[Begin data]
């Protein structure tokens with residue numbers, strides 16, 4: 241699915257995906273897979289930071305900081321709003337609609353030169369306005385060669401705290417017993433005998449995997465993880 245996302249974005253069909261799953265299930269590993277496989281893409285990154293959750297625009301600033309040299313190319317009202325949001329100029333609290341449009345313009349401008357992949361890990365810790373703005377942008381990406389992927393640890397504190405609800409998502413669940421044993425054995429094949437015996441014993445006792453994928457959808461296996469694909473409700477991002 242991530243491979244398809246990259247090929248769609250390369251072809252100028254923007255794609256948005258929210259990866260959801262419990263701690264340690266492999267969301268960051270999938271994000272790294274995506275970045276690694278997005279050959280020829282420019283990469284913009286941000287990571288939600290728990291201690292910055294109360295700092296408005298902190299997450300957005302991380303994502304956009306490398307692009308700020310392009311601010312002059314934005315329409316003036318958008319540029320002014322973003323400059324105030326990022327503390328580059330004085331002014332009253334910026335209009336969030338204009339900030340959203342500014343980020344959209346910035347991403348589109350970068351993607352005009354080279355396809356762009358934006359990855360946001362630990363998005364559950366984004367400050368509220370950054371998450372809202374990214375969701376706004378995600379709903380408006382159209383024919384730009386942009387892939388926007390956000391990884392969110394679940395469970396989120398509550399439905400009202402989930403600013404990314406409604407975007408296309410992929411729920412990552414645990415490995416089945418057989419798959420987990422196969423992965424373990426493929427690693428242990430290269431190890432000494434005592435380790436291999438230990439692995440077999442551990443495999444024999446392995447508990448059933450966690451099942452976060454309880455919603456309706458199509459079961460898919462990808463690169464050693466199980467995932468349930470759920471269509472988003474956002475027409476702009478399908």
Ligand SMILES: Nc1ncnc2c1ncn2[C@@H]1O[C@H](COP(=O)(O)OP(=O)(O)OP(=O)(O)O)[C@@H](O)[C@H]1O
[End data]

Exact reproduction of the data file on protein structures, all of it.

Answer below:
């Protein structure tokens with residue numbers, strides 16, 4: 241699915257995906273897979289930071305900081321709003337609609353030169369306005385060669401705290417017993433005998449995997465993880 245996302249974005253069909261799953265299930269590993277496989281893409285990154293959750297625009301600033309040299313190319317009202325949001329100029333609290341449009345313009349401008357992949361890990365810790373703005377942008381990406389992927393640890397504190405609800409998502413669940421044993425054995429094949437015996441014993445006792453994928457959808461296996469694909473409700477991002 242991530243491979244398809246990259247090929248769609250390369251072809252100028254923007255794609256948005258929210259990866260959801262419990263701690264340690266492999267969301268960051270999938271994000272790294274995506275970045276690694278997005279050959280020829282420019283990469284913009286941000287990571288939600290728990291201690292910055294109360295700092296408005298902190299997450300957005302991380303994502304956009306490398307692009308700020310392009311601010312002059314934005315329409316003036318958008319540029320002014322973003323400059324105030326990022327503390328580059330004085331002014332009253334910026335209009336969030338204009339900030340959203342500014343980020344959209346910035347991403348589109350970068351993607352005009354080279355396809356762009358934006359990855360946001362630990363998005364559950366984004367400050368509220370950054371998450372809202374990214375969701376706004378995600379709903380408006382159209383024919384730009386942009387892939388926007390956000391990884392969110394679940395469970396989120398509550399439905400009202402989930403600013404990314406409604407975007408296309410992929411729920412990552414645990415490995416089945418057989419798959420987990422196969423992965424373990426493929427690693428242990430290269431190890432000494434005592435380790436291999438230990439692995440077999442551990443495999444024999446392995447508990448059933450966690451099942452976060454309880455919603456309706458199509459079961460898919462990808463690169464050693466199980467995932468349930470759920471269509472988003474956002475027409476702009478399908």
Ligand SMILES: Nc1ncnc2c1ncn2[C@@H]1O[C@H](COP(=O)(O)OP(=O)(O)OP(=O)(O)O)[C@@H](O)[C@H]1O